The Internet Retail Industry, part of the arena in eBay competes, is currently experiencing some of the developments listed above.  While many firms with non-materializing projected profits were forced to bankruptcy in the late 1990s, those that carried on found the field so much less crowded that for a time, they were able to raise prices.  Some large brick-and-mortar firms evolved their online sales, while others formed strategic partnerships with existing Internet firms.  In order to continue to thrive today, Internet merchants must understand that the threat of competition still exists, and firms must seek to differentiate their products or services from others while seeking to compete globally, to what extent it is feasible.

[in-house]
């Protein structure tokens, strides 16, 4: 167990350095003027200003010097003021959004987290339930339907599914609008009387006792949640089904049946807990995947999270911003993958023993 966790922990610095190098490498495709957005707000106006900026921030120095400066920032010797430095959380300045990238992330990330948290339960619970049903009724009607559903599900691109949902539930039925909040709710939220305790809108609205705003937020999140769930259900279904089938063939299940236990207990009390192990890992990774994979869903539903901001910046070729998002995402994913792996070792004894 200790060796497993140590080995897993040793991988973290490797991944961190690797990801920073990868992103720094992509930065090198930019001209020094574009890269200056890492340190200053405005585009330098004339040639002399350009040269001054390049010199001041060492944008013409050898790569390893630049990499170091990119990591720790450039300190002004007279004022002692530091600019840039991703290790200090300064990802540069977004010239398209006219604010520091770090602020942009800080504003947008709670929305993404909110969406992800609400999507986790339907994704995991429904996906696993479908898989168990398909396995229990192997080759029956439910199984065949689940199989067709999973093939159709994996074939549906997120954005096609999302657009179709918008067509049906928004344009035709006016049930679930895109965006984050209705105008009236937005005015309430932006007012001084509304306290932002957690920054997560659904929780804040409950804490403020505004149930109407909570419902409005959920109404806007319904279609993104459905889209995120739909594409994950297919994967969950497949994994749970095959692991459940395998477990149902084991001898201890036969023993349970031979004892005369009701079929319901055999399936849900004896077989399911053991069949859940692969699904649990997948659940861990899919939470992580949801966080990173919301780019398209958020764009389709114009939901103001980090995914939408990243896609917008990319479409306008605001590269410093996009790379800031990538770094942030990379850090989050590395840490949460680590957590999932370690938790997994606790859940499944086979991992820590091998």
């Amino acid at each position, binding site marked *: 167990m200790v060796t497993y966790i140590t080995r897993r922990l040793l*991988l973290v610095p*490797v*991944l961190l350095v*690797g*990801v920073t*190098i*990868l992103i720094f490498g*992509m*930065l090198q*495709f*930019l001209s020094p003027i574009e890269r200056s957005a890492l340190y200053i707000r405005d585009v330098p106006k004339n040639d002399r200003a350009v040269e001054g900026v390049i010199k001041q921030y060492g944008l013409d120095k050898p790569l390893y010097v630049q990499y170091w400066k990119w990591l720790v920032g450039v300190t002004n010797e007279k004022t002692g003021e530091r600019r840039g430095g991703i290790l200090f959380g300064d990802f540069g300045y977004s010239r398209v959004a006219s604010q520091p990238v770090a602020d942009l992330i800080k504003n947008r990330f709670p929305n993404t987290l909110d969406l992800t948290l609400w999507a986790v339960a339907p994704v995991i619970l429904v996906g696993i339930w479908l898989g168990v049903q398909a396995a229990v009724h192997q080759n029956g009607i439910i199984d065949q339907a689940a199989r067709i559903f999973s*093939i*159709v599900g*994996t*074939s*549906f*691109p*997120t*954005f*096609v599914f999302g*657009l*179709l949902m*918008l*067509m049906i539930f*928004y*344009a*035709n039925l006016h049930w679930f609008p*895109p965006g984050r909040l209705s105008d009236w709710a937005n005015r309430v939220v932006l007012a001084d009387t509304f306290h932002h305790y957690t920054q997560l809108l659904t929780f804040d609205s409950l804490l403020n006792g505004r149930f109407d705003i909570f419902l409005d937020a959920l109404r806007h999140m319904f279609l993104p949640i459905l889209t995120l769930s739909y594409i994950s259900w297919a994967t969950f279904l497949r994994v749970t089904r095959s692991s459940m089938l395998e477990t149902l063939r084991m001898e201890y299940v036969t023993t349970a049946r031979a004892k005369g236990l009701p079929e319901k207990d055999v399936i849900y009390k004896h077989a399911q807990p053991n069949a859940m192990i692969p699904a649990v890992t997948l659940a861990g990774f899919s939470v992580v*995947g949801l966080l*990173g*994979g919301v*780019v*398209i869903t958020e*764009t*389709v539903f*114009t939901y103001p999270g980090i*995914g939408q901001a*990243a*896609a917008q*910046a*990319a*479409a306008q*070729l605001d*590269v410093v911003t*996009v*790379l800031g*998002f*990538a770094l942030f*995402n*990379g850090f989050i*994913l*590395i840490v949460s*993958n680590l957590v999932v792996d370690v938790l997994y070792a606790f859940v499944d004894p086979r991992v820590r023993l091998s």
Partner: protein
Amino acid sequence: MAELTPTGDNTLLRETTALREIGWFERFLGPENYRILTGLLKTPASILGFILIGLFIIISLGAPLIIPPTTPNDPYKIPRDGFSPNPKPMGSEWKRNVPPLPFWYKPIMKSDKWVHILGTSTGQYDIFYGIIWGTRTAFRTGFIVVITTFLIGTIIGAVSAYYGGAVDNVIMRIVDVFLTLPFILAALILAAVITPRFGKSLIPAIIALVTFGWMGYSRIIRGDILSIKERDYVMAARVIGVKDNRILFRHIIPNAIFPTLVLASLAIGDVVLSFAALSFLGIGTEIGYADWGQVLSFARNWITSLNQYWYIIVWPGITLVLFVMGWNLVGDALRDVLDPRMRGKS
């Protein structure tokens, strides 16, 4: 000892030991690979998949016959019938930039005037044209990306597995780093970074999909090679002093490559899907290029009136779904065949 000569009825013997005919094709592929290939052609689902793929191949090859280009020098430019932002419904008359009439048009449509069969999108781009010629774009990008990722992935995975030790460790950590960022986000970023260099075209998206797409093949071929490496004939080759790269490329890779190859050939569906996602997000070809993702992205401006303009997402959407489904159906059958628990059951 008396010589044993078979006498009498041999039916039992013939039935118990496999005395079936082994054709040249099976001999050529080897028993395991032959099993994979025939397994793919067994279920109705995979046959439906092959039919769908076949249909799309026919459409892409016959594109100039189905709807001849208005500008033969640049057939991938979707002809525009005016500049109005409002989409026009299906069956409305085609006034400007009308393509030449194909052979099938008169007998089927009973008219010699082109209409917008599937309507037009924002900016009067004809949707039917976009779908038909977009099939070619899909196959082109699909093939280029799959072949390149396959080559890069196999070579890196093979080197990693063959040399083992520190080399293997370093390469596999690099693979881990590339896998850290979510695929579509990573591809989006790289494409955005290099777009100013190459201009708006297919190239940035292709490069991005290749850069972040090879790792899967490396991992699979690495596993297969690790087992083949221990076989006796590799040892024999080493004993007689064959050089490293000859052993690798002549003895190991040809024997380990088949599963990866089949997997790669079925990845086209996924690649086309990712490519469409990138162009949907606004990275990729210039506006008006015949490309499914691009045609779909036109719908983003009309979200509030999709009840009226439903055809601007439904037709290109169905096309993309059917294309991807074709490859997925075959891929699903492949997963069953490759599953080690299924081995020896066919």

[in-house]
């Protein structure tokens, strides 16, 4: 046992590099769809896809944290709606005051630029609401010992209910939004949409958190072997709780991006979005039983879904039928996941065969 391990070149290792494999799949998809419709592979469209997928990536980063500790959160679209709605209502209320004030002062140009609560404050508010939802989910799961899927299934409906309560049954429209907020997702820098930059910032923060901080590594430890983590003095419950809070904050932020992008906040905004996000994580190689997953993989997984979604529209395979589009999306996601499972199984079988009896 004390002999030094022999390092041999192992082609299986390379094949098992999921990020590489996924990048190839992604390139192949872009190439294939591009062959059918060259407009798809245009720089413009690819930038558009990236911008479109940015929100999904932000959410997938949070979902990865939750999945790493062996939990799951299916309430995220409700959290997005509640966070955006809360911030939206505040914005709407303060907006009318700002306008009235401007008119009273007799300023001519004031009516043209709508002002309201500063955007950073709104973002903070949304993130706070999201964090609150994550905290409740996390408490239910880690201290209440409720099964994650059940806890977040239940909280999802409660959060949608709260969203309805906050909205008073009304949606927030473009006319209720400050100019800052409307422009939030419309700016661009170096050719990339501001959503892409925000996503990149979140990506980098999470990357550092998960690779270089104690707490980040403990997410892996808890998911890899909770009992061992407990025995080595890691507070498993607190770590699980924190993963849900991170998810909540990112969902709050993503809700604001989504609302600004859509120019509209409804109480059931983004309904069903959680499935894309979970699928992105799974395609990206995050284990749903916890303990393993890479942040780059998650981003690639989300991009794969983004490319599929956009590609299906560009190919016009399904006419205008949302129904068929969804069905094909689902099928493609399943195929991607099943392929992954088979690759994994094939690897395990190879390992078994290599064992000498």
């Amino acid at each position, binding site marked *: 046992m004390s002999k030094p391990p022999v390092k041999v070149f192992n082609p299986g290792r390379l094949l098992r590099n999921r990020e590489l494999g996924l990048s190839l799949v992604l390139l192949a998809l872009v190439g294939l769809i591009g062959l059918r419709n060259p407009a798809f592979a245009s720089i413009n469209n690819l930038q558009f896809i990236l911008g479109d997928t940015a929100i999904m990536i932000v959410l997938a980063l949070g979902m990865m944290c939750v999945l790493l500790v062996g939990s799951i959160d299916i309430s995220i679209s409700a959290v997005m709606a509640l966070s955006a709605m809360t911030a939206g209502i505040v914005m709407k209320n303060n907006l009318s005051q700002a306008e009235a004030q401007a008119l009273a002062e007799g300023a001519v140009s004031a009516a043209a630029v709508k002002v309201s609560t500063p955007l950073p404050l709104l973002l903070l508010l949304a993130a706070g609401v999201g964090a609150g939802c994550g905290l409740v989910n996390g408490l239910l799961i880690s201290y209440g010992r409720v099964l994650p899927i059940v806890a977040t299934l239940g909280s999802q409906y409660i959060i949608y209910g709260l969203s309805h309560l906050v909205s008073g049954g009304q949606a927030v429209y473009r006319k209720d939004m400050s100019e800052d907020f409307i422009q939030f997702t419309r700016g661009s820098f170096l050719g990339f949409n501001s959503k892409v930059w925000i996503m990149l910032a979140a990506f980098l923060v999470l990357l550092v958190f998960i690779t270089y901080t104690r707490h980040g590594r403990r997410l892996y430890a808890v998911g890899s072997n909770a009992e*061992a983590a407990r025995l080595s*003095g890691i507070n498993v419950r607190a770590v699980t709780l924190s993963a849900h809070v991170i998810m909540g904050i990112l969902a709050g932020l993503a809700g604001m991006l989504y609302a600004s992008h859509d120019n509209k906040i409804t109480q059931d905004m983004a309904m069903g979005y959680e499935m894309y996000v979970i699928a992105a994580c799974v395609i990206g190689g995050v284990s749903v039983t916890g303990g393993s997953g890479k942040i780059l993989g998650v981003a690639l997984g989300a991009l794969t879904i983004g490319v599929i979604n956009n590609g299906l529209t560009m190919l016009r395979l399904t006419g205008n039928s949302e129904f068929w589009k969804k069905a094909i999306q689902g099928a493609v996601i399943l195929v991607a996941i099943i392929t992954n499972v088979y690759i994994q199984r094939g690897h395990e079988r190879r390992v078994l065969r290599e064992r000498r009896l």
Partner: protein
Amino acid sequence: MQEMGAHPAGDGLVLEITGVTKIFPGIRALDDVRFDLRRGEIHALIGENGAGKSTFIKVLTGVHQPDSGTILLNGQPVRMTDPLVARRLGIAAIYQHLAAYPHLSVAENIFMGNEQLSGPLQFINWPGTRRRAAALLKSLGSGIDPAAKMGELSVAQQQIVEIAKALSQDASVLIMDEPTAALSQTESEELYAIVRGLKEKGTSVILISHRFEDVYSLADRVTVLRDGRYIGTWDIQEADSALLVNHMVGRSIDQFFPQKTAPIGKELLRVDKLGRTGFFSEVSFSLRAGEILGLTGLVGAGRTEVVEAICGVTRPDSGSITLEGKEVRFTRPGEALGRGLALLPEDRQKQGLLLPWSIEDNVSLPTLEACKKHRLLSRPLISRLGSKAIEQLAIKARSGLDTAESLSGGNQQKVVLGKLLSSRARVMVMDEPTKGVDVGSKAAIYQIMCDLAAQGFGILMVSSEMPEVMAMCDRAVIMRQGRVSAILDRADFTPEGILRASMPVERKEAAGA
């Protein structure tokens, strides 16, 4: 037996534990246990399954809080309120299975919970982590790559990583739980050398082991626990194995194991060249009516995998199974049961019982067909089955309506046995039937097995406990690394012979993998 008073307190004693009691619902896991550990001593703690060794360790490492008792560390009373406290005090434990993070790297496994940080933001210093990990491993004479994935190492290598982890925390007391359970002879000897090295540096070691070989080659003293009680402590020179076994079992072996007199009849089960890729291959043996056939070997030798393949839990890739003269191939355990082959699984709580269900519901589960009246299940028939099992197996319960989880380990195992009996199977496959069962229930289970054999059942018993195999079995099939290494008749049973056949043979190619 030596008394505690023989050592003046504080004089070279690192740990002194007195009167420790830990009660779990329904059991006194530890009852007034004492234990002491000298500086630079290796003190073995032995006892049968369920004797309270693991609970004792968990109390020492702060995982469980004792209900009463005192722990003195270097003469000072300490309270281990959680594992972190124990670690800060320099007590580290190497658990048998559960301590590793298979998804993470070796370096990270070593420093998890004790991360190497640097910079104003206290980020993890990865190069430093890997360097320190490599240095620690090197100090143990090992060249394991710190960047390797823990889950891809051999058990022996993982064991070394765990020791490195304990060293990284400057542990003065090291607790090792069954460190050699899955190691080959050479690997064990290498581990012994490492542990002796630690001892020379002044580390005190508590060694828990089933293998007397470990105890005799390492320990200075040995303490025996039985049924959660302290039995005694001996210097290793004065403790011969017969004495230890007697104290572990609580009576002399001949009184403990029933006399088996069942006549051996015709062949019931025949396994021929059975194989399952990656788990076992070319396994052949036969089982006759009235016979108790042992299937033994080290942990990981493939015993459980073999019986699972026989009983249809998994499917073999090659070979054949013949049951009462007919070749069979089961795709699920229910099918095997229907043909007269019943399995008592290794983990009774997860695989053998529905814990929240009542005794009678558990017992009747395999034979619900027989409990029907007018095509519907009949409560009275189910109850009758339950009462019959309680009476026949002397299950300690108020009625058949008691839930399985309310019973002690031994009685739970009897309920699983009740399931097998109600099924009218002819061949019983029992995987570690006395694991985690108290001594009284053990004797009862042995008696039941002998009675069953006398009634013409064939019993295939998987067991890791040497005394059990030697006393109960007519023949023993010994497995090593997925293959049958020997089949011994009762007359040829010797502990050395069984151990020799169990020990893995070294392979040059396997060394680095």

Starting from scratch, eBay grew in nine short years to become a $60 billion (by market capitalization) powerhouse.  One might attempt to measure eBay’s strength in any number of ways; it has Web sites in over 20 countries; twelve of its product categories now distribute over $1 billion in annual sales; over 100 million persons are eBay registered members.  Additionally, eBay is on course to list over one billion items this year, and hosts over 145,000 e-retail stores worldwide.  A company as unique and large as eBay is due to face equally large challenges, both unique and standard to the business world.  Speaking generally, eBay’s current challenges include:  to find ways to continue growth; to implement the most efficient technological and organizational strategies to support growth; to create growth in such a manner that it does not alienate existing members.